During that challenging time, Farkas found value in the support of his teammates.
“It was extremely hard to not being able to be around guys on the team. But there were a couple of times where I would be at home by myself and an unexpected group of teammates would come over, five to seven guys at a time. It surprised me and honestly, it almost brought me to tears when they left because it showed that these guys cared for and missed me. Those guys did an exceptional job of making me still feel as I was part of the group. Hands down, they are the most special group of people that I have known in hockey. I’m thankful for the relationships and bonds that I made with those guys because I wouldn’t trade that for anything in the world.”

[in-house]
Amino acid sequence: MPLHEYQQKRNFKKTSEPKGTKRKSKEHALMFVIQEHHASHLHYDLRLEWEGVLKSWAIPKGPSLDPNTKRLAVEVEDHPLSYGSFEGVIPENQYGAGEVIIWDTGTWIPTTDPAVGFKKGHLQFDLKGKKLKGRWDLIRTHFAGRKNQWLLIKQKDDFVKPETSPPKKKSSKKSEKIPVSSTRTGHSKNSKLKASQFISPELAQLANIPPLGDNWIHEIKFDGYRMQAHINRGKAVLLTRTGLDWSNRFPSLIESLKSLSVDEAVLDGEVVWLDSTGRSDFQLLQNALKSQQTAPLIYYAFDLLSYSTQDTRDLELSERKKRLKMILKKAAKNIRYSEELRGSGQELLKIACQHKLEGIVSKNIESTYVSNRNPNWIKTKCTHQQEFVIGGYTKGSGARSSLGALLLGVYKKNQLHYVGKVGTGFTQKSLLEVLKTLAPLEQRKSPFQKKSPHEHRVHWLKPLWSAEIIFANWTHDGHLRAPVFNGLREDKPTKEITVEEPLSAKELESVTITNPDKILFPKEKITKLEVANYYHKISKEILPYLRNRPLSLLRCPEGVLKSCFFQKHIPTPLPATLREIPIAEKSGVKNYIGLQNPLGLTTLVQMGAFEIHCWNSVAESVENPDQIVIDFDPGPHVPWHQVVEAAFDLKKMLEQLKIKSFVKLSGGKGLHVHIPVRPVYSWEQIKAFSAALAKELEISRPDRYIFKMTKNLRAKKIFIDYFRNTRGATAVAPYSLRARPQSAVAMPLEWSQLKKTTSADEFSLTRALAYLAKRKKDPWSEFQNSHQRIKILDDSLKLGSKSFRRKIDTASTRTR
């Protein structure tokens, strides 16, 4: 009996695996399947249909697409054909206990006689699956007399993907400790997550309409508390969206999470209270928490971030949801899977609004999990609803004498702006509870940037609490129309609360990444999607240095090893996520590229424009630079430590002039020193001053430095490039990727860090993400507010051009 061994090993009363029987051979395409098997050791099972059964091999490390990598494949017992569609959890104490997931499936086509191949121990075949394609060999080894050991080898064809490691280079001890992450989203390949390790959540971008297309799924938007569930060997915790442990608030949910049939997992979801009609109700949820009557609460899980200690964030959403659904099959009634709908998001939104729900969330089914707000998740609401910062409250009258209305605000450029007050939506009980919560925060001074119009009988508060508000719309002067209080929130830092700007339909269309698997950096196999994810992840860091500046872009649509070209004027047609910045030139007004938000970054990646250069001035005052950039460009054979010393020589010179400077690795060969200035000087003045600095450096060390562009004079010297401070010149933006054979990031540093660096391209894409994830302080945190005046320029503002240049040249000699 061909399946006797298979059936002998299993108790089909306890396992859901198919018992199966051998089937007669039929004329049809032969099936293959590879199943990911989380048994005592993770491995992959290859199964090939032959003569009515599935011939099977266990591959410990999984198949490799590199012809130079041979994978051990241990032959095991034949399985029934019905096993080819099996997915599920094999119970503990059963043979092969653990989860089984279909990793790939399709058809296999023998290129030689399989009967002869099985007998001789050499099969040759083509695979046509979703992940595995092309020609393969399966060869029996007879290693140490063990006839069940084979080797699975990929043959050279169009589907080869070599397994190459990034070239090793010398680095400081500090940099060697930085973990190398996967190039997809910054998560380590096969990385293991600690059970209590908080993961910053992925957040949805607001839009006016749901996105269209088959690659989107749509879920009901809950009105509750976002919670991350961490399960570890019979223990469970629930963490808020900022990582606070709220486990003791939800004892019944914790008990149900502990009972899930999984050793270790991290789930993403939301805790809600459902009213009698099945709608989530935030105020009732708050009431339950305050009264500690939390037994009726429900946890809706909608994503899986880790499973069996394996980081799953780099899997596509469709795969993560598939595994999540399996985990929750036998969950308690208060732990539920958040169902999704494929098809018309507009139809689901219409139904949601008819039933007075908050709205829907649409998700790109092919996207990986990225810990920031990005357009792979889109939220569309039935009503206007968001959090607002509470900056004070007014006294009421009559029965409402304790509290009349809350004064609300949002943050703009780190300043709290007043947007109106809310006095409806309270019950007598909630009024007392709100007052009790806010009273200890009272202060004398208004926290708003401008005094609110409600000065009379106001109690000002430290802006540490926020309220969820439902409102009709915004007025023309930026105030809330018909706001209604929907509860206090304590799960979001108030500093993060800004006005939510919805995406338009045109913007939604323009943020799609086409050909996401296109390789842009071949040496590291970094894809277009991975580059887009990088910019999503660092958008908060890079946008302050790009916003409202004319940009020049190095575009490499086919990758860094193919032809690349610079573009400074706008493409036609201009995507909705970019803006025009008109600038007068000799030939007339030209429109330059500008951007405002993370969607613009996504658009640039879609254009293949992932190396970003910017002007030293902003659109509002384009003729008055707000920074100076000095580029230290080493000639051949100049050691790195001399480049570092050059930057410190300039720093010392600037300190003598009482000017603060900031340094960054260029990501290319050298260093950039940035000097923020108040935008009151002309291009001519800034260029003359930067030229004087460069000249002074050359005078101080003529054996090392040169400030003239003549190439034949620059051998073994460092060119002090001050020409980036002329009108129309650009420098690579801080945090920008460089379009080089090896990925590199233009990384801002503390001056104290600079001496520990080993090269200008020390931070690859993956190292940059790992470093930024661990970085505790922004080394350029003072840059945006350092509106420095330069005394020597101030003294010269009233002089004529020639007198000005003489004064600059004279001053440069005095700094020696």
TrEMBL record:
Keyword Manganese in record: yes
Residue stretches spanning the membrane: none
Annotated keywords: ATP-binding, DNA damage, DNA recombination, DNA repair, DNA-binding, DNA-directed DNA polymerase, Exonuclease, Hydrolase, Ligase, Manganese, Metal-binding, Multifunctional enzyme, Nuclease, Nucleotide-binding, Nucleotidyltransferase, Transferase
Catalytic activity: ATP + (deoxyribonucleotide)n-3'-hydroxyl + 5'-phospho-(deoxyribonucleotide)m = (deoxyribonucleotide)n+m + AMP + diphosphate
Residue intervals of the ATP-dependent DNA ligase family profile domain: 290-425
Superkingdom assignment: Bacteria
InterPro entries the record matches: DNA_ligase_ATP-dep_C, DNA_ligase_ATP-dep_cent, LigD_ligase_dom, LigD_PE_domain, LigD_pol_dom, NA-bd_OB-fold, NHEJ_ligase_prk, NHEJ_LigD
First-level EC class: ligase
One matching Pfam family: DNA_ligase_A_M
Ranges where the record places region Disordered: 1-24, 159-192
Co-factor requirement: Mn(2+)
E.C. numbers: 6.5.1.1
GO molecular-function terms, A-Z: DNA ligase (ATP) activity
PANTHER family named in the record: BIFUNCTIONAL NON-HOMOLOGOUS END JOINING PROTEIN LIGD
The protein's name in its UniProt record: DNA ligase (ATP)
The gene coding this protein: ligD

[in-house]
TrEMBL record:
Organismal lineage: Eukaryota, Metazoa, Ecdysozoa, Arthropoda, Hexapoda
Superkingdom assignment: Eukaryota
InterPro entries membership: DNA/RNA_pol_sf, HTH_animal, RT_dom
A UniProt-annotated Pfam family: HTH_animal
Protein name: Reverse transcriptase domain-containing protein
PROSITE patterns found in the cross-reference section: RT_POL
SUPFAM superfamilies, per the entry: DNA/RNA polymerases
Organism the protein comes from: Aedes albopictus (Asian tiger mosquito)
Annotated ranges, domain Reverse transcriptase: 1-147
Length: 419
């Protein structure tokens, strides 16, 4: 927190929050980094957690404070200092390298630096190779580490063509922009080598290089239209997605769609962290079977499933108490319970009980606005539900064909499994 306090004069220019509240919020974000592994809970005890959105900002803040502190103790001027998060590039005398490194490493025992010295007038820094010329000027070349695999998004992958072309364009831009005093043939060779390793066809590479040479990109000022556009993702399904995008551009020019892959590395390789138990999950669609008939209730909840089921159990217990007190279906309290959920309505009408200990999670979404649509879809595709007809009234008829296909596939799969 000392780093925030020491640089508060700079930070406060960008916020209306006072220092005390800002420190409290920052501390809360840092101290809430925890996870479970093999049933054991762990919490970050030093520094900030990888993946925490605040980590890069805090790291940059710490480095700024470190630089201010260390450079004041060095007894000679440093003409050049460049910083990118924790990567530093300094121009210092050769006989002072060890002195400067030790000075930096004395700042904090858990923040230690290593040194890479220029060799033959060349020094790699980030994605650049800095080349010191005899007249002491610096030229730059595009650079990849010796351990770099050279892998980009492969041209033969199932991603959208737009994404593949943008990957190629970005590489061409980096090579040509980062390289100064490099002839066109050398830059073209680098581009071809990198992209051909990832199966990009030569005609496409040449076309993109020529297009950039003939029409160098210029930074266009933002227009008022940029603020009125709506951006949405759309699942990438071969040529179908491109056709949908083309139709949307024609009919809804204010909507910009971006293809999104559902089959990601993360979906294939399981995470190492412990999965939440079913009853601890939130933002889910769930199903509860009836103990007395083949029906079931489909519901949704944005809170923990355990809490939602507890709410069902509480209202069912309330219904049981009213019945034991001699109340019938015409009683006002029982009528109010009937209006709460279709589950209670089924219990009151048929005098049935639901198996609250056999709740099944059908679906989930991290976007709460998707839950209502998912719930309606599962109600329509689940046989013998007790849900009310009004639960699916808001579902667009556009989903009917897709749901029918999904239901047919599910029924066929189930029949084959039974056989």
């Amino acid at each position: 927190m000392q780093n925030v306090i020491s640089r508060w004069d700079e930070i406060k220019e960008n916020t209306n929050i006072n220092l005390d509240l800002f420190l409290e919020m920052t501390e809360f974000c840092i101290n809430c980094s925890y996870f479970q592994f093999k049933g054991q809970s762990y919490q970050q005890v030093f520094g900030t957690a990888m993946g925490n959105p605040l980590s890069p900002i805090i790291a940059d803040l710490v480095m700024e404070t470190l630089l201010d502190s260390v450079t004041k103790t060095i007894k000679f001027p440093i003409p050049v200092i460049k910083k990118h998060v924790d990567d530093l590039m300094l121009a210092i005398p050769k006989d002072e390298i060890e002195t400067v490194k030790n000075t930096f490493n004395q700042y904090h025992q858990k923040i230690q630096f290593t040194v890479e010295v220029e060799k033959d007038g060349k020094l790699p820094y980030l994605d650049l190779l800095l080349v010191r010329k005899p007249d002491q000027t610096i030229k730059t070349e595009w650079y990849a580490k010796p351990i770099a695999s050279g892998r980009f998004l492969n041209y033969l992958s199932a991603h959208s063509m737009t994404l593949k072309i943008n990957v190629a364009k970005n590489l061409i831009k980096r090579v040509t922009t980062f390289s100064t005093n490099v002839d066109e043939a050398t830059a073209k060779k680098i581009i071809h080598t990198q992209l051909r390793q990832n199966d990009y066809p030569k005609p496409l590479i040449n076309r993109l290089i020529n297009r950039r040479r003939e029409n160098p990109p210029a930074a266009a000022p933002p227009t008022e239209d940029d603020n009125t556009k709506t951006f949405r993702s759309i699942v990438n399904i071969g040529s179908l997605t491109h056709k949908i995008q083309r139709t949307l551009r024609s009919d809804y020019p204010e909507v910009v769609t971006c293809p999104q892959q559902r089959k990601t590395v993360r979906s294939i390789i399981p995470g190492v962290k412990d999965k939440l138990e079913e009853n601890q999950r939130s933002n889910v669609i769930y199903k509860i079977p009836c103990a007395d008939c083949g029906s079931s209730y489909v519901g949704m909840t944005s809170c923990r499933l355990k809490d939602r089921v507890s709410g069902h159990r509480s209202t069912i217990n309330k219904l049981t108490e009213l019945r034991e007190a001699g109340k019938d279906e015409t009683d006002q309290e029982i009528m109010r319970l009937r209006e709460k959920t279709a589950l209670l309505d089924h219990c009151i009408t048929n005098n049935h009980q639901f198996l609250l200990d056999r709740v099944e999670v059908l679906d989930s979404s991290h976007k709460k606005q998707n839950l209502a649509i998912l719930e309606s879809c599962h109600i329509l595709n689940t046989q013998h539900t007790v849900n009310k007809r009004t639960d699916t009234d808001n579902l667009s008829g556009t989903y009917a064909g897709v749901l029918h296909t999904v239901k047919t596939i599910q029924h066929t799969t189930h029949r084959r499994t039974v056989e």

Coaching and Development
A key part of playing junior hockey is the coaching that the players receive and their development. Farkas received a wealth of experience from talented coaches. In Portland, it was former NHLer Andy Moog.
“Obviously, Andy is so great,” said Farkas of Moog. “I’ve had the privilege of knowing Andy for probably since I was 14-years-old, as he spent some time here in Penticton, BC. When it comes to mindset and handling situations, he is one of the best. He’s been through it all and is a very easy person to talk to. I’d love to pick his brain about other things, whether it’s hockey, career events or even Hawaii. He is really an interesting guy with a lot of insight and wisdom.”
Once Farkas got to Victoria, he began taking direction from Royals goaltending coach Lynden Sammartino and former NHLer Dwayne Roloson, who is the team’s goaltending and skills coach.